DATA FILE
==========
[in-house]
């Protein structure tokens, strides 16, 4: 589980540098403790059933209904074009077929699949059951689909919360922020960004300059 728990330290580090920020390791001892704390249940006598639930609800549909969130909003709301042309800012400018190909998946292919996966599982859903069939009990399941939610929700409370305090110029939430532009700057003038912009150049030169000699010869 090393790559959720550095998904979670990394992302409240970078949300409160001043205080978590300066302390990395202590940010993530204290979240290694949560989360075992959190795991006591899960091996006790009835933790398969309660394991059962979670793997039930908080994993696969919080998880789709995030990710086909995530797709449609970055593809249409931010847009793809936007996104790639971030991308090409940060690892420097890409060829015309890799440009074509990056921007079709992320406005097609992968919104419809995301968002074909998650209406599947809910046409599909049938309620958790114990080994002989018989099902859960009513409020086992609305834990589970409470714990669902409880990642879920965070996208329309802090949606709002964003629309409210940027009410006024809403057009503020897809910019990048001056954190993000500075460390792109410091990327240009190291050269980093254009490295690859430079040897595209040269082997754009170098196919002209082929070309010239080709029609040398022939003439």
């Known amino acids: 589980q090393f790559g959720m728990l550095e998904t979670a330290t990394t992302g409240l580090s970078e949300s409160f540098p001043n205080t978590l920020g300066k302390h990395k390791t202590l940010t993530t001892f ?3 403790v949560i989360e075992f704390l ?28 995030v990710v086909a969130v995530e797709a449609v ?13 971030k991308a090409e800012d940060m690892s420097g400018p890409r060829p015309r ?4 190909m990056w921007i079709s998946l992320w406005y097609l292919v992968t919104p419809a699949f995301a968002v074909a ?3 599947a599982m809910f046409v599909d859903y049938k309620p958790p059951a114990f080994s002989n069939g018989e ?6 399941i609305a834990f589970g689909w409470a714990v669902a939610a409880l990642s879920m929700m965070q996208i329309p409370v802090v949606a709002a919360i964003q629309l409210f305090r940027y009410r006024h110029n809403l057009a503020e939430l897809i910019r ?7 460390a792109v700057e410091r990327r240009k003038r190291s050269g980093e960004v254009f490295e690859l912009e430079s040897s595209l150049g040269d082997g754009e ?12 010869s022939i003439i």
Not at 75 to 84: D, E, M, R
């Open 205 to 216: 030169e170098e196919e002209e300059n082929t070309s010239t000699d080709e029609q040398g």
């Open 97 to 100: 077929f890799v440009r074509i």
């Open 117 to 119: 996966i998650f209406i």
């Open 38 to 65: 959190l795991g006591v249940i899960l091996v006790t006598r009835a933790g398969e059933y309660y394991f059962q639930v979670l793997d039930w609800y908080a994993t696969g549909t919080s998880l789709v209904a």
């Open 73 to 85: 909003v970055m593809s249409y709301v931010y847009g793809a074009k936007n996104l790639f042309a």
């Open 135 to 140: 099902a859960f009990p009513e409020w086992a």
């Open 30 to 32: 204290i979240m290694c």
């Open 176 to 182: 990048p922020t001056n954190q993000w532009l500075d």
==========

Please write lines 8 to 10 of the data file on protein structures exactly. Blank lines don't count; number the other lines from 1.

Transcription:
């Open 38 to 65: 959190l795991g006591v249940i899960l091996v006790t006598r009835a933790g398969e059933y309660y394991f059962q639930v979670l793997d039930w609800y908080a994993t696969g549909t919080s998880l789709v209904a």
């Open 73 to 85: 909003v970055m593809s249409y709301v931010y847009g793809a074009k936007n996104l790639f042309a």
């Open 135 to 140: 099902a859960f009990p009513e409020w086992a």